The USGS in 1906 (after correspondence with interested American geologists) discarded Portage sandstone and adopted Portage group, to include the rocks below Cayuta shale member of Chemung and above Genesee shale, or the same definition then employed by New York State Survey. In central Pennsylvania the Portage group has been divided into Brallier shale above and Harrell shale below and includes at top beds equivalent to Wiscoy shale of New York. The Middlesex shale is recognized as basal bed of the Portage of New York. B. Willard, 1935 (Pennsylvania Acad. Sci. Proc., v. 9, p. 40), divided Portage group of Pennsylvania into (descending) Trimmers Rock ("Ithaca") sandstone, Brallier greenish shale, Harrell dark gray shale, Burket ("Genesee") black shale, and Tully limestone. Age is Late Devonian.

Source: US geologic names lexicon (USGS Bull. 896, p. 1702-1704).


Map showing publication footprint
  • Usage in publication:
    • Portage group
  • Modifications:
    • Revised
  • AAPG geologic province:
    • Appalachian basin
Publication:

Willard, Bradford, and Cleaves, A.B., 1938, A Paleozoic section in south-central Pennsylvania: Pennsylvania Geological Survey General Geology Report, 4th series, no. 8, 38 p.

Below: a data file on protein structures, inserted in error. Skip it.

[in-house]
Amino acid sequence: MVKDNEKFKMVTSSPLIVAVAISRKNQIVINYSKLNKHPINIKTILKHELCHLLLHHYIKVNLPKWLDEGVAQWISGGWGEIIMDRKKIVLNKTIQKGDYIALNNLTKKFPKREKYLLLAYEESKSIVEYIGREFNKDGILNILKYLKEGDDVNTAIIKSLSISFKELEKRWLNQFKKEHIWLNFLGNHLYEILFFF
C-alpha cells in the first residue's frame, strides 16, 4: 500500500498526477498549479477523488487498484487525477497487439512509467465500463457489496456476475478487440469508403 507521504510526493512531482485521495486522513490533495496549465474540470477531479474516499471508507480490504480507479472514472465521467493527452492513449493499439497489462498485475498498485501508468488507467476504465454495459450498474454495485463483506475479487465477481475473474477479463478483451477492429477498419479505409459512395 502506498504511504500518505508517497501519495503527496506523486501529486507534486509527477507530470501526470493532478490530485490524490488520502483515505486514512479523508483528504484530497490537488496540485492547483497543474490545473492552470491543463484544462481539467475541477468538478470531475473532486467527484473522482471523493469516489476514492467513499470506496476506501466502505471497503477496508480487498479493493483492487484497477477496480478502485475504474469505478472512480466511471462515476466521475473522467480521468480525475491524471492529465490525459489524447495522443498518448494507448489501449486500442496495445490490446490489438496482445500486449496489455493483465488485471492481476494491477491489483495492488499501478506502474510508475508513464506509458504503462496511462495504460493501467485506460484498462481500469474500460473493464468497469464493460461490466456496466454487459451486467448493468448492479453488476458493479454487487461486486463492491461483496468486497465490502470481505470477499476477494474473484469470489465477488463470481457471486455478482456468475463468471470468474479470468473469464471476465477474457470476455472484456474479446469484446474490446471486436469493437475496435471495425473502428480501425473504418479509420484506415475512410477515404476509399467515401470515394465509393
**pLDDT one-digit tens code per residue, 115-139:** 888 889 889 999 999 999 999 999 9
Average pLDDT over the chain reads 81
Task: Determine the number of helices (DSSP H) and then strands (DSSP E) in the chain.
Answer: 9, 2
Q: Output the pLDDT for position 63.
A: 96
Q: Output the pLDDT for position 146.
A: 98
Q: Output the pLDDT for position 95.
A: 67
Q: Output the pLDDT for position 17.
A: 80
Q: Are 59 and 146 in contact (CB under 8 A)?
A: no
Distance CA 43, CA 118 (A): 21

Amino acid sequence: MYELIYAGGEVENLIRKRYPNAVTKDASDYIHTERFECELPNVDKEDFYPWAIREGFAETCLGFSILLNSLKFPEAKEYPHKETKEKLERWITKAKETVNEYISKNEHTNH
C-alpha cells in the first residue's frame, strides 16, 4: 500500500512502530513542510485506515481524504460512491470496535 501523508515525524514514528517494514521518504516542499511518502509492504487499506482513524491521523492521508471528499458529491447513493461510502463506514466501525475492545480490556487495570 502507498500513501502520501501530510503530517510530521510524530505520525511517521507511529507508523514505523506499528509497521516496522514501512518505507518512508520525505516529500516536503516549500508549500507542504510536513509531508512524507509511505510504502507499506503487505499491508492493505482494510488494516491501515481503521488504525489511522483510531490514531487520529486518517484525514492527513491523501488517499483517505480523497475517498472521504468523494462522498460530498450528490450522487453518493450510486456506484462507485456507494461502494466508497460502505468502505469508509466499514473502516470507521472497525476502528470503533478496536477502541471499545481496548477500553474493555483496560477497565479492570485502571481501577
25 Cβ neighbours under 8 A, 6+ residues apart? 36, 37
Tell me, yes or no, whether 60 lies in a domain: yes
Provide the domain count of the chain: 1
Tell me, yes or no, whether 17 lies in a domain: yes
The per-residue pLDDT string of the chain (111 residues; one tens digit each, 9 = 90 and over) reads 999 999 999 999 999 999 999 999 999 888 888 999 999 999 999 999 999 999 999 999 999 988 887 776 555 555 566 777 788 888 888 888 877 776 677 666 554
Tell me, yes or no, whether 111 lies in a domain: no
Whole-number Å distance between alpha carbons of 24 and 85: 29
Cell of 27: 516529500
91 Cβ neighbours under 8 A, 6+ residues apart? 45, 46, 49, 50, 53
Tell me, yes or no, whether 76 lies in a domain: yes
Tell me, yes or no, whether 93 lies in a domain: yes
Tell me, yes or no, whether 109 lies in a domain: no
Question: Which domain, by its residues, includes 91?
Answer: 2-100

Summary:

Pg. 13-16. Upper Devonian begins with lowest beds of Portage group which in Juniata Valley are represented by remnant of Tully. This rests disconformably upon highest Hamilton, the Moscow shale, with its VITULINA zone. Top of Portage group lies approximately at base of Catskill red beds, of early Chemung age. Divisions of Portage recognized in Pennsylvania are (ascending) Rush formation (with Tully shale and limestone and Burket black shale) and Fort Littleton formation (with Harrell gray shale, Brallier sandstone and shale, Losh Run shale, Trimmers Rock sandstone, and Parkhead sandstone). Changes among members of group occur from Allegheny Front into eastern Pennsylvania. In the west, members are all shale except Tully and group is dominated by Brallier shale. From Susquehanna Valley east, dominant element of group is Trimmers Rock sandstone which has largely displaced Brallier shale. Tully is little known east of Susquehanna and is presumably displaced by Burket black shale.

Source: US geologic names lexicon (USGS Bull. 1200, p. 3099-3100).


Map showing publication footprint
  • Usage in publication:
    • "Portage" formation
    • Portage shale
  • Modifications: